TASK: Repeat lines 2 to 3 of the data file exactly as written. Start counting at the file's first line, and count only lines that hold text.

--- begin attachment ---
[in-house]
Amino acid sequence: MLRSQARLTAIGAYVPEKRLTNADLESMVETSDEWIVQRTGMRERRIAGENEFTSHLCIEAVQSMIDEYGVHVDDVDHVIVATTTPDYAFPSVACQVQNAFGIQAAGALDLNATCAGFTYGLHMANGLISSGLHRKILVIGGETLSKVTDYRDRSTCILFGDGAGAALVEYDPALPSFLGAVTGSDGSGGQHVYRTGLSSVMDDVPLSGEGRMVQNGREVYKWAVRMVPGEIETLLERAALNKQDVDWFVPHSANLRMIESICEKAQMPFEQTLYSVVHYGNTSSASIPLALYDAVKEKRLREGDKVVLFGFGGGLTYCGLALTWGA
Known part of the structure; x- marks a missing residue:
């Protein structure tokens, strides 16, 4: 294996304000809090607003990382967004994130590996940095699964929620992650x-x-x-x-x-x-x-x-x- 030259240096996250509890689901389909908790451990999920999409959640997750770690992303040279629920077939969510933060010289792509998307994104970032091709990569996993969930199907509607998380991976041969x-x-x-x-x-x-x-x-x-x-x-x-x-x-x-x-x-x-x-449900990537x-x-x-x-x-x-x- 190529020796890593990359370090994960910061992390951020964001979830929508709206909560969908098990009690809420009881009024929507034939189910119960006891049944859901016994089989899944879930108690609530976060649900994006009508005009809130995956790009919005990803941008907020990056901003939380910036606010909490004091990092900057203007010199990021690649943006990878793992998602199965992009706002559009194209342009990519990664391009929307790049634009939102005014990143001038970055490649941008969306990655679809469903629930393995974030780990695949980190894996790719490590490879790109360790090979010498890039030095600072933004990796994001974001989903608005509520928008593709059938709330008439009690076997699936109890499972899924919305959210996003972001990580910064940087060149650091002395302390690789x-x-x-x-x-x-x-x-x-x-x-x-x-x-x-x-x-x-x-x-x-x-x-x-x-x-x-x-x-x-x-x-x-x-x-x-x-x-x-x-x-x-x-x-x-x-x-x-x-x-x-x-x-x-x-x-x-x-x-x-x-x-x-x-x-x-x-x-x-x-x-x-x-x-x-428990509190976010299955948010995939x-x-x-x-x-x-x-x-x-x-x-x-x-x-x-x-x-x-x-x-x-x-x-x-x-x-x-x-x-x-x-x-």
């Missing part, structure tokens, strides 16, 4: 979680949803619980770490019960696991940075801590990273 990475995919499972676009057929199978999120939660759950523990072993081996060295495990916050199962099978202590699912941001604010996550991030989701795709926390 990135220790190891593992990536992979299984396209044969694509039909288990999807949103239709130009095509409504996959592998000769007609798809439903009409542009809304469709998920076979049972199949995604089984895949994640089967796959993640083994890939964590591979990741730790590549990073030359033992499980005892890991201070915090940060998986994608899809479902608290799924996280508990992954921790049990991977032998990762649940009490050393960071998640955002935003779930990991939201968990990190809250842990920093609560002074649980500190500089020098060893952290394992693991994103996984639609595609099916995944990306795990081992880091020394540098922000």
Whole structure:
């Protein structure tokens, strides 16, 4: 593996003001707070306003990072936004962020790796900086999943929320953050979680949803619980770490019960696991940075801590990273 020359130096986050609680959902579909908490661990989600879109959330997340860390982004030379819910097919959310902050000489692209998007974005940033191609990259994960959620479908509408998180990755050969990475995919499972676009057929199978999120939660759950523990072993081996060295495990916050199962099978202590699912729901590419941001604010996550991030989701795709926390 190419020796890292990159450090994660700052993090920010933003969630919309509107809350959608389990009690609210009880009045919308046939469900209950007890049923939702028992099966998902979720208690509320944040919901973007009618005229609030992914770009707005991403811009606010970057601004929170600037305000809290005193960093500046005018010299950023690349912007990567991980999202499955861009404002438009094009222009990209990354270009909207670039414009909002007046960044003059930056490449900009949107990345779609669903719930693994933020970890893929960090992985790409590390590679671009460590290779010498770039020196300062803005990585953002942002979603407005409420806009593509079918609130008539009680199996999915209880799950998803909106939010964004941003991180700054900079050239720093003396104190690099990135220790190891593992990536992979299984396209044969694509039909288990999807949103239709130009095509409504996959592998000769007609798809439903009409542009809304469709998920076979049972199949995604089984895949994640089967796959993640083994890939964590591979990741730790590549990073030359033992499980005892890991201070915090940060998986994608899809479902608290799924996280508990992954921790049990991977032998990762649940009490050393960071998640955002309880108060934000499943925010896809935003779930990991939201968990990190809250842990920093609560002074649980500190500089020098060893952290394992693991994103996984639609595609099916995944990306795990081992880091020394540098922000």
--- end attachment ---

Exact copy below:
Amino acid sequence: MLRSQARLTAIGAYVPEKRLTNADLESMVETSDEWIVQRTGMRERRIAGENEFTSHLCIEAVQSMIDEYGVHVDDVDHVIVATTTPDYAFPSVACQVQNAFGIQAAGALDLNATCAGFTYGLHMANGLISSGLHRKILVIGGETLSKVTDYRDRSTCILFGDGAGAALVEYDPALPSFLGAVTGSDGSGGQHVYRTGLSSVMDDVPLSGEGRMVQNGREVYKWAVRMVPGEIETLLERAALNKQDVDWFVPHSANLRMIESICEKAQMPFEQTLYSVVHYGNTSSASIPLALYDAVKEKRLREGDKVVLFGFGGGLTYCGLALTWGA
Known part of the structure; x- marks a missing residue: